If nothing else, Mysterious Marfa Lights Viewing Center is in a beautiful location with a lot of great information on the associated markers about the mountain ranges, geology, and plant/animal life in the surrounding Chihuahuan Dessert- So get there early, before sunset, take a walk around the trails, and take in all the sights.
All that being said: The lights you can see every night, to the Southwest (right, from the viewing center), moving over and to the right of the flashing red microwave transmitter tower, ARE NOT the mysterious Marfa Lights (the info center even tells you this, but most people don't bother to look at it). While it is fun to watch them and marvel at the remarkable clear-air visibility at this altitude, if you are looking southwest, you are looking at headlights on cars heading into Marfa from the south on Hwy. 67.
The REAL Mystery Lights can be seen (and only on about 15 or 20 days out of the year, I might add) against the rising terrain to the southeast. If you look SE (left) and see the small mercury vapor light off in the distance, you'll want to focus your attention between it and the red flashing tower. This is where the Mysterious Lights can be seen, if they appear.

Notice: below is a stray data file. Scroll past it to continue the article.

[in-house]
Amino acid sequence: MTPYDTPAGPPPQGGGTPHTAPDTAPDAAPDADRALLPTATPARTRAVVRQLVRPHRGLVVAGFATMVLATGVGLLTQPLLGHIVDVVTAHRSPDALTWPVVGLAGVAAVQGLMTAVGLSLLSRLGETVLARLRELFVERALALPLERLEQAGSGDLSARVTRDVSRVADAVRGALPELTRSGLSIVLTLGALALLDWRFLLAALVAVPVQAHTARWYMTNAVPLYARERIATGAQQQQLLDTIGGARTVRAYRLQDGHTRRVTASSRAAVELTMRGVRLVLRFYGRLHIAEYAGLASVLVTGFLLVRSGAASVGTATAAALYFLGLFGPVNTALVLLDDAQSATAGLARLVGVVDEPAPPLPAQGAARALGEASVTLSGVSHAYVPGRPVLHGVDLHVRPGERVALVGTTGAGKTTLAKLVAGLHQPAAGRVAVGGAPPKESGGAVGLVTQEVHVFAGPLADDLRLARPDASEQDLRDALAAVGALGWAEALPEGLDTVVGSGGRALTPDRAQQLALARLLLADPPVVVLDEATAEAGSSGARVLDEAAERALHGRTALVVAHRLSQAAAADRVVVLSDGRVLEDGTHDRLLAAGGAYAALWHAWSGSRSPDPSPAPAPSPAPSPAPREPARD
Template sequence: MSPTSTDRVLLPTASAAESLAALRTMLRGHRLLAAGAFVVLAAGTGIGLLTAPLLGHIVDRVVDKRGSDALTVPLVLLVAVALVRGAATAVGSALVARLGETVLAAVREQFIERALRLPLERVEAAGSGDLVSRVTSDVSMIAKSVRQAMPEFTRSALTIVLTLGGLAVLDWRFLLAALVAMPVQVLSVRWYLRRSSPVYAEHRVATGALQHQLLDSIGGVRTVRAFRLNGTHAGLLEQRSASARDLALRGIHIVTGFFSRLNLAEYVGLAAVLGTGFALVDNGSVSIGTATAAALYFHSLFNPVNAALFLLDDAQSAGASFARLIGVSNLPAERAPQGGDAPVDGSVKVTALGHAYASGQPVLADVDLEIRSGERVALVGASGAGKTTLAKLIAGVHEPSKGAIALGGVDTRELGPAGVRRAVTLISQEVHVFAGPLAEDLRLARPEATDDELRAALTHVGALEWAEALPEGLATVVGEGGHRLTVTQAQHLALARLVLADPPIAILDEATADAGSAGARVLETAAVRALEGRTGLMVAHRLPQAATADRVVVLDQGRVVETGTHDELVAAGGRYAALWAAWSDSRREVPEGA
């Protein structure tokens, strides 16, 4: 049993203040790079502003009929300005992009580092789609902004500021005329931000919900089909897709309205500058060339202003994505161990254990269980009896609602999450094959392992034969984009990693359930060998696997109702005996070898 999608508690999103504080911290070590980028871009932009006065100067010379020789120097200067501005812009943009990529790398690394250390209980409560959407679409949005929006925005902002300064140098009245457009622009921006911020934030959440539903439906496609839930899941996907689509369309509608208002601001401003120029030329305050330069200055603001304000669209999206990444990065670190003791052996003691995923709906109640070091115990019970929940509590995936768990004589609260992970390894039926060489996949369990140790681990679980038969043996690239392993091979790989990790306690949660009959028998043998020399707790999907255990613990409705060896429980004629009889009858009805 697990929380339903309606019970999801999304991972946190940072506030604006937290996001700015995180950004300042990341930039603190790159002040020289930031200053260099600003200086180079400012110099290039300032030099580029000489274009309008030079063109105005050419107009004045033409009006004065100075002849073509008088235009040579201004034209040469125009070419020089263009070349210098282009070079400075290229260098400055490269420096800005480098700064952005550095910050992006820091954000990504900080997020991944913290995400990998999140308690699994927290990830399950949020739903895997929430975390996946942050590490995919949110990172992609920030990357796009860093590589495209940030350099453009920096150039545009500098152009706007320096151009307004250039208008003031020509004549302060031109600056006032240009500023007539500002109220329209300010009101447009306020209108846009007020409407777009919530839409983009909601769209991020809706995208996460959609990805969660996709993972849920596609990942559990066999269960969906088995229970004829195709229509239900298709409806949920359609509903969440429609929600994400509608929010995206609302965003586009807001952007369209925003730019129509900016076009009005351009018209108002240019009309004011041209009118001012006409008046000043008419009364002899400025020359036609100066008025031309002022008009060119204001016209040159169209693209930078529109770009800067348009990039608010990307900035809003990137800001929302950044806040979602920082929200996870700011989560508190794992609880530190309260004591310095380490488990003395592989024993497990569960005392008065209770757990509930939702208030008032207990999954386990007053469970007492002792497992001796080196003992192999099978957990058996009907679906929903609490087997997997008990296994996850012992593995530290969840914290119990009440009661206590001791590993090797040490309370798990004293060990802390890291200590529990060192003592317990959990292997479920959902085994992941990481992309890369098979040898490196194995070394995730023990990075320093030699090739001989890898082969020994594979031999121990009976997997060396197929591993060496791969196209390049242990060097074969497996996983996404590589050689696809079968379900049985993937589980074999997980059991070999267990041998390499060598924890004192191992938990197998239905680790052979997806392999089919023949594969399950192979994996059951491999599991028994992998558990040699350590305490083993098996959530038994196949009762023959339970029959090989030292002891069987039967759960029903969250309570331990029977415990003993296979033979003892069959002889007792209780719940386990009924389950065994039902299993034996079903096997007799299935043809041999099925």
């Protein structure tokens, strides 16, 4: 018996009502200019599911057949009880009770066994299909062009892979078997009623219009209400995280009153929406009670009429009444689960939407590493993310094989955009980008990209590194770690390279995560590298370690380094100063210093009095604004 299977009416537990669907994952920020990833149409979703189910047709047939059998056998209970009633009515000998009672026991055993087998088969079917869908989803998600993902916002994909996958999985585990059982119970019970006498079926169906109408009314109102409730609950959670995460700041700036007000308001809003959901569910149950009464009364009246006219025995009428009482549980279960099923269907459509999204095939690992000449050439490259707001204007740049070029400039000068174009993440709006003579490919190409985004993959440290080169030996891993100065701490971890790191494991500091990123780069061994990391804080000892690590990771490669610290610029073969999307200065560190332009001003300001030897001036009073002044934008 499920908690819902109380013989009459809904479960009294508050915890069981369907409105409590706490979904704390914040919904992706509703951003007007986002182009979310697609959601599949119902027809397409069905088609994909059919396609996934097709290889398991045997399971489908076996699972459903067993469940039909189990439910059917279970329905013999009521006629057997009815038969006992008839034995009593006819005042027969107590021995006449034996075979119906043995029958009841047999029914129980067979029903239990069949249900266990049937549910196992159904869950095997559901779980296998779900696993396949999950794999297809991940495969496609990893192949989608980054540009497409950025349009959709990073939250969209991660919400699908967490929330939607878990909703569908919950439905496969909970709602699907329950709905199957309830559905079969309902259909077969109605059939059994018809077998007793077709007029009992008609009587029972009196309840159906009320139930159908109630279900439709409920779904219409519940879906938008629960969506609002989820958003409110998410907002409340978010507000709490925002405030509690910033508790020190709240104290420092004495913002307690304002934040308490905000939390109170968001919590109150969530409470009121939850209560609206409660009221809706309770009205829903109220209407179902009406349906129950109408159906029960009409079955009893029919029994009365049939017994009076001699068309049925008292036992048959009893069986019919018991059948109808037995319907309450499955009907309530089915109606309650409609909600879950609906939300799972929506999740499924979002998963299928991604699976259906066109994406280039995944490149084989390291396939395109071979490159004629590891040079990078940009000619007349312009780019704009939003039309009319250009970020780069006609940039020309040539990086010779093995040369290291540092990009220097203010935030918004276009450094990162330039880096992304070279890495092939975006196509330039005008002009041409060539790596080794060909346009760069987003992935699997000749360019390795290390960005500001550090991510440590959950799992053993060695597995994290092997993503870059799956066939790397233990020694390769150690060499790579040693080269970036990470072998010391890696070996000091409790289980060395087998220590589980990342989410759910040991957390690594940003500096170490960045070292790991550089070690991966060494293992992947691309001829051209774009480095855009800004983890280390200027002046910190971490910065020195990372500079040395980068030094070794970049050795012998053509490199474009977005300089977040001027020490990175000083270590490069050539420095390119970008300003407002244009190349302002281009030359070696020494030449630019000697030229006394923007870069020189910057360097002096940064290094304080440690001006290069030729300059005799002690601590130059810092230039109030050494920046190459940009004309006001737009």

The locals and people who have seen the real thing say that the lights are generally reddish and tend to dance among and around each other, often heading off in tandem or in odd directions. I've heard one eyewitness account of a light that nearly buzzed the center itself before silently dissolving into hundreds of little individual lights.
I managed to see one non-headlight out to the southeast on one out of three nights. It was reddish, and maybe half of the distance between the Viewing Center and the moutains. It flickered and transited from west to east for only about 15 seconds. The people looking southwest at the headlights on 67 completely missed it, unfortunately.
I don't know what they are, but something is out there.